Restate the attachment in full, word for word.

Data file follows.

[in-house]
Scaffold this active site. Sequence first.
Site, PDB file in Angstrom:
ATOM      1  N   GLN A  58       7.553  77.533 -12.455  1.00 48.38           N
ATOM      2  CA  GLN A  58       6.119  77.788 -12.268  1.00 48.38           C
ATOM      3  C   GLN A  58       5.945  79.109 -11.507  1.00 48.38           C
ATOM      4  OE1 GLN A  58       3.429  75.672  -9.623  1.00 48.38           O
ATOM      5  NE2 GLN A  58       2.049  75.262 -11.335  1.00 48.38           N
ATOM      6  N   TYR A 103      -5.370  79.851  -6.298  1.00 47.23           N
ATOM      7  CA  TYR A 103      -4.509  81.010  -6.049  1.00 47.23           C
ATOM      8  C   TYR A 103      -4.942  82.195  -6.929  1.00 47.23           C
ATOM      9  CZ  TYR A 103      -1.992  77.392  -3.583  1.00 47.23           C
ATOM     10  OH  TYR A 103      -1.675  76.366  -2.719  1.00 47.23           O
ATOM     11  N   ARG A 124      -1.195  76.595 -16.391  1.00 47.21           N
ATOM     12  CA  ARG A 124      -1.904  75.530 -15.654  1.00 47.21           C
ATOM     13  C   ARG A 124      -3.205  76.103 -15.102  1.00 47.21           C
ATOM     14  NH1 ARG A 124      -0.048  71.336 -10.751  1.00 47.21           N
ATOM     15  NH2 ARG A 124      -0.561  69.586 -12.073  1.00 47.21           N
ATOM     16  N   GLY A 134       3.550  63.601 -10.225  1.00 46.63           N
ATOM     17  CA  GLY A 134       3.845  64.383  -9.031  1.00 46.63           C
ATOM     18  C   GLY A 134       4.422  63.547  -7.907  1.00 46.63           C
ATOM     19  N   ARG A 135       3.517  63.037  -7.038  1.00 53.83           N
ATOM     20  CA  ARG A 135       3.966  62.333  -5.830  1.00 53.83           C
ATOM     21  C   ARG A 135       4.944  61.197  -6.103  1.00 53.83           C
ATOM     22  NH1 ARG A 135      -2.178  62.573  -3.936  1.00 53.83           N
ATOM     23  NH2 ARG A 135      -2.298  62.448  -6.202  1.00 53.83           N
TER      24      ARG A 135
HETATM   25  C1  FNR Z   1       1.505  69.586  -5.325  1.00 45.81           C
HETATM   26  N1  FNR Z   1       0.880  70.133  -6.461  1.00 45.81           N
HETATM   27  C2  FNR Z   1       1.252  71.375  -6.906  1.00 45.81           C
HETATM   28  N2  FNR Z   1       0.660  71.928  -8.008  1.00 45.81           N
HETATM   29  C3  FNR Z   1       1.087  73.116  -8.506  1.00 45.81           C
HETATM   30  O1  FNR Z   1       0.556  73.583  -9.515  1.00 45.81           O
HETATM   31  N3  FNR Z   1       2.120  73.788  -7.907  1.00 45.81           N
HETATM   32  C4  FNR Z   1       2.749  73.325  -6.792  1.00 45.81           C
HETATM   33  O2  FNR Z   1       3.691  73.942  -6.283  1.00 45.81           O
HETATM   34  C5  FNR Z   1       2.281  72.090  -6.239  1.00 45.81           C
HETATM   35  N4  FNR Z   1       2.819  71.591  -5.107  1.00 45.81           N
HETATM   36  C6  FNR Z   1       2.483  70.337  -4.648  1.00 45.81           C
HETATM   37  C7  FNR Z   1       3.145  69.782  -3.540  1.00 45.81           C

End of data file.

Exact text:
[in-house]
Scaffold this active site. Sequence first.
Site, PDB file in Angstrom:
ATOM      1  N   GLN A  58       7.553  77.533 -12.455  1.00 48.38           N
ATOM      2  CA  GLN A  58       6.119  77.788 -12.268  1.00 48.38           C
ATOM      3  C   GLN A  58       5.945  79.109 -11.507  1.00 48.38           C
ATOM      4  OE1 GLN A  58       3.429  75.672  -9.623  1.00 48.38           O
ATOM      5  NE2 GLN A  58       2.049  75.262 -11.335  1.00 48.38           N
ATOM      6  N   TYR A 103      -5.370  79.851  -6.298  1.00 47.23           N
ATOM      7  CA  TYR A 103      -4.509  81.010  -6.049  1.00 47.23           C
ATOM      8  C   TYR A 103      -4.942  82.195  -6.929  1.00 47.23           C
ATOM      9  CZ  TYR A 103      -1.992  77.392  -3.583  1.00 47.23           C
ATOM     10  OH  TYR A 103      -1.675  76.366  -2.719  1.00 47.23           O
ATOM     11  N   ARG A 124      -1.195  76.595 -16.391  1.00 47.21           N
ATOM     12  CA  ARG A 124      -1.904  75.530 -15.654  1.00 47.21           C
ATOM     13  C   ARG A 124      -3.205  76.103 -15.102  1.00 47.21           C
ATOM     14  NH1 ARG A 124      -0.048  71.336 -10.751  1.00 47.21           N
ATOM     15  NH2 ARG A 124      -0.561  69.586 -12.073  1.00 47.21           N
ATOM     16  N   GLY A 134       3.550  63.601 -10.225  1.00 46.63           N
ATOM     17  CA  GLY A 134       3.845  64.383  -9.031  1.00 46.63           C
ATOM     18  C   GLY A 134       4.422  63.547  -7.907  1.00 46.63           C
ATOM     19  N   ARG A 135       3.517  63.037  -7.038  1.00 53.83           N
ATOM     20  CA  ARG A 135       3.966  62.333  -5.830  1.00 53.83           C
ATOM     21  C   ARG A 135       4.944  61.197  -6.103  1.00 53.83           C
ATOM     22  NH1 ARG A 135      -2.178  62.573  -3.936  1.00 53.83           N
ATOM     23  NH2 ARG A 135      -2.298  62.448  -6.202  1.00 53.83           N
TER      24      ARG A 135
HETATM   25  C1  FNR Z   1       1.505  69.586  -5.325  1.00 45.81           C
HETATM   26  N1  FNR Z   1       0.880  70.133  -6.461  1.00 45.81           N
HETATM   27  C2  FNR Z   1       1.252  71.375  -6.906  1.00 45.81           C
HETATM   28  N2  FNR Z   1       0.660  71.928  -8.008  1.00 45.81           N
HETATM   29  C3  FNR Z   1       1.087  73.116  -8.506  1.00 45.81           C
HETATM   30  O1  FNR Z   1       0.556  73.583  -9.515  1.00 45.81           O
HETATM   31  N3  FNR Z   1       2.120  73.788  -7.907  1.00 45.81           N
HETATM   32  C4  FNR Z   1       2.749  73.325  -6.792  1.00 45.81           C
HETATM   33  O2  FNR Z   1       3.691  73.942  -6.283  1.00 45.81           O
HETATM   34  C5  FNR Z   1       2.281  72.090  -6.239  1.00 45.81           C
HETATM   35  N4  FNR Z   1       2.819  71.591  -5.107  1.00 45.81           N
HETATM   36  C6  FNR Z   1       2.483  70.337  -4.648  1.00 45.81           C
HETATM   37  C7  FNR Z   1       3.145  69.782  -3.540  1.00 45.81           C